Cairns Cup Round 6, 2024: Kosteniuk Records Fifth Decisive Result, Moves To Second


GM Alexandra Kosteniuk has continued her run of decisive results at the Cairns Cup 2024 with a win over GM Mariya Muzychuk and now moves to 3.5/6, half a point behind the sole leader GM Tan Zhongyi.

Draws on the remaining boards occurred with minimal drama except for the clash between IM Alice Lee and Irina Krush, where the 14-year-old tried to crack her compatriots defenses for more than five hours.

Round seven will start on Thursday, June 20, at 2 p.m. ET / 20:00 CEST / 11:30 p.m. IST.

Round 6 Results


 
Standings


The Saint Louis Chess Club was still bustling with events on the rest day and the headliner was a “Ladies’ Knight” which gave aspiring chess players the chance to ask the legendary GM Nona Gaprindashvili questions and learn from one of the greatest to play the game. Chaired by WGM Thalia Cervantes Landeiro, there certainly would have been discussion about how the Cairns Cup participants would fare the next day…

The “Ladies’ Knight” took place in the World Chess Hall of Fame. Photo: Saint Louis Chess Club.

Solid chess was the name of the game in round six and for those playing with the black pieces, the extra preparation time allowed them to quash the attacking ambitions of their opponents. Besides in Kosteniuk-Muzychuk, a +0.5 margin in Harika-Zatonskih, which arose six moves into a French Defense, was the closest anyone came to a decisive result. 

For the two players behind the leaders on 3.5/6 and five in the chasing pack on 3/6, time is running out to strike. The next three rounds will determine whose name will be inscribed on the perpetual trophy and win the $50,000 first prize. 

The 2023 winner Zatonskih is the only player out of contention after six rounds. Photo: Austin Fuller/Saint Louis Chess Club.

Kosteniuk 1-0 Mariya Muzychuk

Kosteniuk’s erratic play in this year’s cup has made her a genuine contender for first and after beating Muzychuk, the “Chess Queen” silenced any negativity and showed has the grit and fortune required to go all the way.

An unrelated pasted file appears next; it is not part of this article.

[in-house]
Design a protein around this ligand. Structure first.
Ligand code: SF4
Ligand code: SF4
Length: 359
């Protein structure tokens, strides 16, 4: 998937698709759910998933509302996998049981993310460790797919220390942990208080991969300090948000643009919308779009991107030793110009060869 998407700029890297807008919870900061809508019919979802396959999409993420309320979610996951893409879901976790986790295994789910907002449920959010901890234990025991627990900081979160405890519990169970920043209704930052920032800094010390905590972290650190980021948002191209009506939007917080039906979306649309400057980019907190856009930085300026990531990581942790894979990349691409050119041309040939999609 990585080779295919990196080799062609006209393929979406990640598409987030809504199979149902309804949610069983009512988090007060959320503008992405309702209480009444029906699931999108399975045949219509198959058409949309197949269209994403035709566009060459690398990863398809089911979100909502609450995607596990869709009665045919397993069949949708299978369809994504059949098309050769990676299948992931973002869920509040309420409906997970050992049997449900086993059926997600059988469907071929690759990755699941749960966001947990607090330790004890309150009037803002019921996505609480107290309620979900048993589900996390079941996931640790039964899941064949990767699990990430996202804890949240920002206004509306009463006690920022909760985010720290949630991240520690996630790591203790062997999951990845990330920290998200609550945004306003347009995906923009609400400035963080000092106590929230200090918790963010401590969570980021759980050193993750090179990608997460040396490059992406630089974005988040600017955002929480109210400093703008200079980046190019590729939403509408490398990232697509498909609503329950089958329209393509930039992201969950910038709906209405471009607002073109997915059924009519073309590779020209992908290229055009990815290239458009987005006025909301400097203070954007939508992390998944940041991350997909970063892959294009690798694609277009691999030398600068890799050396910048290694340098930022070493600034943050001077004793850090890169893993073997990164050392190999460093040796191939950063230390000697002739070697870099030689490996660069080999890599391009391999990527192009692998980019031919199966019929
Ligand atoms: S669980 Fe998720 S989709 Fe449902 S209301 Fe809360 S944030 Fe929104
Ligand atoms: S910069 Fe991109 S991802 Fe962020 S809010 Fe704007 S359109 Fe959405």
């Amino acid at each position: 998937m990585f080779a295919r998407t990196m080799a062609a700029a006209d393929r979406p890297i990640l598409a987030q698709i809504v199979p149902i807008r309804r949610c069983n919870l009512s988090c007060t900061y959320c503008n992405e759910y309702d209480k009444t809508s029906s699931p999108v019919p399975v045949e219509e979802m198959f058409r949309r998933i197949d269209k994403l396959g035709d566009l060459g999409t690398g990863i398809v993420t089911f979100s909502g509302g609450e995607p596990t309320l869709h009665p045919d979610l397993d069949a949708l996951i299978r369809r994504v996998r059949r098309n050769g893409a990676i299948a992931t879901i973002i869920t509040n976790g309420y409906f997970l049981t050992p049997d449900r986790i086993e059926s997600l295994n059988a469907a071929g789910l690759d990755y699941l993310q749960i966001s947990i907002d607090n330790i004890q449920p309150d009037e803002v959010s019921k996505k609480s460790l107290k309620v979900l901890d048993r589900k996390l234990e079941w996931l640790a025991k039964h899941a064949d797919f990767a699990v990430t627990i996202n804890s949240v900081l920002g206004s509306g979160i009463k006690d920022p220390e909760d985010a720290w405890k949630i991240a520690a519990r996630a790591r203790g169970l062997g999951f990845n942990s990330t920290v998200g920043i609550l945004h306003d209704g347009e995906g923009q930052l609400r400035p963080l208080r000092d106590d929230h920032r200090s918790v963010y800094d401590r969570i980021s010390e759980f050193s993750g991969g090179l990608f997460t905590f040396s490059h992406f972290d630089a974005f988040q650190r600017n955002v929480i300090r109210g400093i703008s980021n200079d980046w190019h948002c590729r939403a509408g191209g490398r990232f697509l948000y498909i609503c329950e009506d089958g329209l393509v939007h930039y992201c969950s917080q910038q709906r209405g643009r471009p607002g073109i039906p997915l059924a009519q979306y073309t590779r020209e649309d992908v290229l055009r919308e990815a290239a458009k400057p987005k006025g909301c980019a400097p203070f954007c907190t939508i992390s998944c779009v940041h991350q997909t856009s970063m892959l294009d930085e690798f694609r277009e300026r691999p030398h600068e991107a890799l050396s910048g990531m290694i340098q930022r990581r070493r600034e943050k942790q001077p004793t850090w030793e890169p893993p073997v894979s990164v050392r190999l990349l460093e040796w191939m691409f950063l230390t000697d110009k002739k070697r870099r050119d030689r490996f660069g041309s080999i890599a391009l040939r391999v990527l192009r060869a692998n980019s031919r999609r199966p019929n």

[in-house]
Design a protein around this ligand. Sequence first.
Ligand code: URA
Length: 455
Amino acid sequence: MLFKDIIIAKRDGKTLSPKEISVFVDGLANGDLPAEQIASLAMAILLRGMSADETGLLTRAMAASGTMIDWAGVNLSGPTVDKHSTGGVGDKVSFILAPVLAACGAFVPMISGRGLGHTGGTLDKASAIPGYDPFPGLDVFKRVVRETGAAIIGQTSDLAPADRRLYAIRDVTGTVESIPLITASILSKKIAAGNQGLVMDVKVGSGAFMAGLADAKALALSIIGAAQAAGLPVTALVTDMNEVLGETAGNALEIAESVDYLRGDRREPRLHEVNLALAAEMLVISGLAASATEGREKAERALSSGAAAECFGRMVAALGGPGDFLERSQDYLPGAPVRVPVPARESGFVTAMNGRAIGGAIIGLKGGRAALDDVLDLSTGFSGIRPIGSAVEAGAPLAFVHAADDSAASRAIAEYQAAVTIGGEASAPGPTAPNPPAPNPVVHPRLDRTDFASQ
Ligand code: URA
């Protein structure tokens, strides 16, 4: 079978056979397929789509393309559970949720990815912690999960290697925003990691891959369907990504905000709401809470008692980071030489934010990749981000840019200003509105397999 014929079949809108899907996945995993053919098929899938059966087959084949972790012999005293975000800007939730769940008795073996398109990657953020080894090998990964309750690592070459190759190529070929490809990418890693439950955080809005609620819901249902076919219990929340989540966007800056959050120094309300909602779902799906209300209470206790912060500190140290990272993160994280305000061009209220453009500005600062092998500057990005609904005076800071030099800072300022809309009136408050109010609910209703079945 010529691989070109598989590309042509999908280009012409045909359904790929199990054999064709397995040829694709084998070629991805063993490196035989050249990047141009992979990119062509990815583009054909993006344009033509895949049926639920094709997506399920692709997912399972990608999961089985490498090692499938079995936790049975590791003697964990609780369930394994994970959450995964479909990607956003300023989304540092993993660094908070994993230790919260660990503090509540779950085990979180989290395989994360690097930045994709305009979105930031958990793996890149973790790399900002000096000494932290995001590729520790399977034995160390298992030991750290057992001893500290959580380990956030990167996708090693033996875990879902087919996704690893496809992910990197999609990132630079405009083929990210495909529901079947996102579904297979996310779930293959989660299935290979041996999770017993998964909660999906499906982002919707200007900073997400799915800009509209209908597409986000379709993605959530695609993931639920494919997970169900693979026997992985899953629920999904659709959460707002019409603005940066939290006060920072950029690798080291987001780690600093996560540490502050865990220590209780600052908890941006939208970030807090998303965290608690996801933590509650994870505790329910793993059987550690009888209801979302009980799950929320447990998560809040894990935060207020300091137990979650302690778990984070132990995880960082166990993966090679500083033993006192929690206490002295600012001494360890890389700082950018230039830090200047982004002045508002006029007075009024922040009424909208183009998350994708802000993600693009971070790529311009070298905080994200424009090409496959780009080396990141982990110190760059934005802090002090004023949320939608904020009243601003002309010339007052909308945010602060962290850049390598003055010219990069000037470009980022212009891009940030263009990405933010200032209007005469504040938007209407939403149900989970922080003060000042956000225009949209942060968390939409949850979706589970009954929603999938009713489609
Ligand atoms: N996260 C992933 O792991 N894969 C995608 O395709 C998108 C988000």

The tournament has been a rollercoaster for Kosteniuk and her face sums it up! Photo: Lennart Ootes/Saint Louis Chess Club.

Muzychuk’s “better” preparation from the black side of a Caro-Kann Defense meant that Kosteniuk spent most of the game battling from a worse position although when time pressure became a factor, Kosteniuk used her years of experience streaming Arena Kings, Titled Tuesday, and other speed chess events to flip the script.

Our Game of the Day has been analyzed by GM Rafael Leitao and will be added shortly.

With this being her third win of the event, Kosteniuk has been involved in more than half of all the decisive results at the tournament. In a post-match interview, Kosteniuk would humorous state: “I have been playing chess for many years and I am desperate to learn how to play calmly.”

Harika 0.5-0.5 Zatonskih

The French Defense was used by Tan as a surprise weapon earlier in the tournament and in round six IM Anna Zatonskih used the opening in a bid to keep her title defense dreams alive. Unfortunately for the four-time U.S. champion, exchanges meant that the majority of the game was spent in a rook endgame. 

Normally a draw with Black against Harika would be welcomed but given her run last year, Zatonskih hoped for more. Photo: Lennart Ootes/Saint Louis Chess Club.